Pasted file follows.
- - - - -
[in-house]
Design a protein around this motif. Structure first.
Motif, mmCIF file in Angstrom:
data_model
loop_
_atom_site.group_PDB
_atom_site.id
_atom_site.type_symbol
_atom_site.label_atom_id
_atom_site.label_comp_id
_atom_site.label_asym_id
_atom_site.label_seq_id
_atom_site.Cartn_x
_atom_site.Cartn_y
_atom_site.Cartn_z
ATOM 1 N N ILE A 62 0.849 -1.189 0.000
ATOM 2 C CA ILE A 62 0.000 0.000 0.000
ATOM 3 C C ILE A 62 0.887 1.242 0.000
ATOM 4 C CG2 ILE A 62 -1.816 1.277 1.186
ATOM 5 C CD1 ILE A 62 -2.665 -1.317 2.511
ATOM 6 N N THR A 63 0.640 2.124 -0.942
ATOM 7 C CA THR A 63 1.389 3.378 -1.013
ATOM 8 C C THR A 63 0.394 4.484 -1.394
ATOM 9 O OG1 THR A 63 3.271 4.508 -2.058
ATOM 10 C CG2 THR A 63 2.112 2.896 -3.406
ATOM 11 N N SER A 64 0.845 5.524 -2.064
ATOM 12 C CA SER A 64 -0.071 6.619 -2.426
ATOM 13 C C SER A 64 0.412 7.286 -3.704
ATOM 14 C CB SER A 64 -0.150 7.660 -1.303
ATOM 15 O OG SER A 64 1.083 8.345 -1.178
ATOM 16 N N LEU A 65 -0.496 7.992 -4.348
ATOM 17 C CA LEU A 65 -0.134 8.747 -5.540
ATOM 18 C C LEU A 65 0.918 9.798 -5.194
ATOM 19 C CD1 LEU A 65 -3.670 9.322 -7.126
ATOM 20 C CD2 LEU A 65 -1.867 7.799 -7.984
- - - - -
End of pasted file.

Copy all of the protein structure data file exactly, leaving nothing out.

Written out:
[in-house]
Design a protein around this motif. Structure first.
Motif, mmCIF file in Angstrom:
data_model
loop_
_atom_site.group_PDB
_atom_site.id
_atom_site.type_symbol
_atom_site.label_atom_id
_atom_site.label_comp_id
_atom_site.label_asym_id
_atom_site.label_seq_id
_atom_site.Cartn_x
_atom_site.Cartn_y
_atom_site.Cartn_z
ATOM 1 N N ILE A 62 0.849 -1.189 0.000
ATOM 2 C CA ILE A 62 0.000 0.000 0.000
ATOM 3 C C ILE A 62 0.887 1.242 0.000
ATOM 4 C CG2 ILE A 62 -1.816 1.277 1.186
ATOM 5 C CD1 ILE A 62 -2.665 -1.317 2.511
ATOM 6 N N THR A 63 0.640 2.124 -0.942
ATOM 7 C CA THR A 63 1.389 3.378 -1.013
ATOM 8 C C THR A 63 0.394 4.484 -1.394
ATOM 9 O OG1 THR A 63 3.271 4.508 -2.058
ATOM 10 C CG2 THR A 63 2.112 2.896 -3.406
ATOM 11 N N SER A 64 0.845 5.524 -2.064
ATOM 12 C CA SER A 64 -0.071 6.619 -2.426
ATOM 13 C C SER A 64 0.412 7.286 -3.704
ATOM 14 C CB SER A 64 -0.150 7.660 -1.303
ATOM 15 O OG SER A 64 1.083 8.345 -1.178
ATOM 16 N N LEU A 65 -0.496 7.992 -4.348
ATOM 17 C CA LEU A 65 -0.134 8.747 -5.540
ATOM 18 C C LEU A 65 0.918 9.798 -5.194
ATOM 19 C CD1 LEU A 65 -3.670 9.322 -7.126
ATOM 20 C CD2 LEU A 65 -1.867 7.799 -7.984